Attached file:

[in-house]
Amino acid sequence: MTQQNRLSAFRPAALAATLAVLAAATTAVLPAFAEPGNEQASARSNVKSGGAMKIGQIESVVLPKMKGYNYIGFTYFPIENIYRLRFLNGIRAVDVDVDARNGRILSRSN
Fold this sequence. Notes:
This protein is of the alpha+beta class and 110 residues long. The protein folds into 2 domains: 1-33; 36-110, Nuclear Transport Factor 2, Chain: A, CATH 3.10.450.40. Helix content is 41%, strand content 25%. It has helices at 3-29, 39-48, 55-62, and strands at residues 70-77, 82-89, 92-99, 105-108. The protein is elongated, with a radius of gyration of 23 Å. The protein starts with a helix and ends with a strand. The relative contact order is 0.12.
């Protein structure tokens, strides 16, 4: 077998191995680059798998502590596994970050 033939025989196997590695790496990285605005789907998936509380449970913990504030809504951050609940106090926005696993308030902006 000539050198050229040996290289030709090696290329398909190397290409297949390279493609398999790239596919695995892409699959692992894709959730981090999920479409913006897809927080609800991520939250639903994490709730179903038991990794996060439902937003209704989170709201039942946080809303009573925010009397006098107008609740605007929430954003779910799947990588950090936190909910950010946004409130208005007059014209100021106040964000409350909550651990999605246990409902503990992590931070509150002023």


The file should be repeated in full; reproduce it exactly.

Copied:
[in-house]
Amino acid sequence: MTQQNRLSAFRPAALAATLAVLAAATTAVLPAFAEPGNEQASARSNVKSGGAMKIGQIESVVLPKMKGYNYIGFTYFPIENIYRLRFLNGIRAVDVDVDARNGRILSRSN
Fold this sequence. Notes:
This protein is of the alpha+beta class and 110 residues long. The protein folds into 2 domains: 1-33; 36-110, Nuclear Transport Factor 2, Chain: A, CATH 3.10.450.40. Helix content is 41%, strand content 25%. It has helices at 3-29, 39-48, 55-62, and strands at residues 70-77, 82-89, 92-99, 105-108. The protein is elongated, with a radius of gyration of 23 Å. The protein starts with a helix and ends with a strand. The relative contact order is 0.12.
């Protein structure tokens, strides 16, 4: 077998191995680059798998502590596994970050 033939025989196997590695790496990285605005789907998936509380449970913990504030809504951050609940106090926005696993308030902006 000539050198050229040996290289030709090696290329398909190397290409297949390279493609398999790239596919695995892409699959692992894709959730981090999920479409913006897809927080609800991520939250639903994490709730179903038991990794996060439902937003209704989170709201039942946080809303009573925010009397006098107008609740605007929430954003779910799947990588950090936190909910950010946004409130208005007059014209100021106040964000409350909550651990999605246990409902503990992590931070509150002023």